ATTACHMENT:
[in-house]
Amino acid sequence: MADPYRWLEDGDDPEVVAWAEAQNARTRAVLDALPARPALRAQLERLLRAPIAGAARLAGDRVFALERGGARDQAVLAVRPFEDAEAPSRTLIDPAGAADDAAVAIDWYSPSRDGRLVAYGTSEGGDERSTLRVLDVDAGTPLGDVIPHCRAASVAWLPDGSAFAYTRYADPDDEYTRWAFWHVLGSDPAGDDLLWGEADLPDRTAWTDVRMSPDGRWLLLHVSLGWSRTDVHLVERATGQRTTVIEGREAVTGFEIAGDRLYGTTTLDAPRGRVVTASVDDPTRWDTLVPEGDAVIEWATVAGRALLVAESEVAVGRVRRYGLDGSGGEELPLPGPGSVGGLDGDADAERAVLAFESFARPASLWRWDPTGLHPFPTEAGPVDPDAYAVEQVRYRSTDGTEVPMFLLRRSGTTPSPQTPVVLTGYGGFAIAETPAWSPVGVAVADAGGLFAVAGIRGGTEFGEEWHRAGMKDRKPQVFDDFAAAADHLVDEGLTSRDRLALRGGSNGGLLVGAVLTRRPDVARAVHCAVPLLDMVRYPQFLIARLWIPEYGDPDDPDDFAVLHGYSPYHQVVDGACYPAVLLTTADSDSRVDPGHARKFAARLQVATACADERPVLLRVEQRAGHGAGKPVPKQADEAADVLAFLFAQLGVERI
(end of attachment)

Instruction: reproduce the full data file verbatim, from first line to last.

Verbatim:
[in-house]
Amino acid sequence: MADPYRWLEDGDDPEVVAWAEAQNARTRAVLDALPARPALRAQLERLLRAPIAGAARLAGDRVFALERGGARDQAVLAVRPFEDAEAPSRTLIDPAGAADDAAVAIDWYSPSRDGRLVAYGTSEGGDERSTLRVLDVDAGTPLGDVIPHCRAASVAWLPDGSAFAYTRYADPDDEYTRWAFWHVLGSDPAGDDLLWGEADLPDRTAWTDVRMSPDGRWLLLHVSLGWSRTDVHLVERATGQRTTVIEGREAVTGFEIAGDRLYGTTTLDAPRGRVVTASVDDPTRWDTLVPEGDAVIEWATVAGRALLVAESEVAVGRVRRYGLDGSGGEELPLPGPGSVGGLDGDADAERAVLAFESFARPASLWRWDPTGLHPFPTEAGPVDPDAYAVEQVRYRSTDGTEVPMFLLRRSGTTPSPQTPVVLTGYGGFAIAETPAWSPVGVAVADAGGLFAVAGIRGGTEFGEEWHRAGMKDRKPQVFDDFAAAADHLVDEGLTSRDRLALRGGSNGGLLVGAVLTRRPDVARAVHCAVPLLDMVRYPQFLIARLWIPEYGDPDDPDDFAVLHGYSPYHQVVDGACYPAVLLTTADSDSRVDPGHARKFAARLQVATACADERPVLLRVEQRAGHGAGKPVPKQADEAADVLAFLFAQLGVERI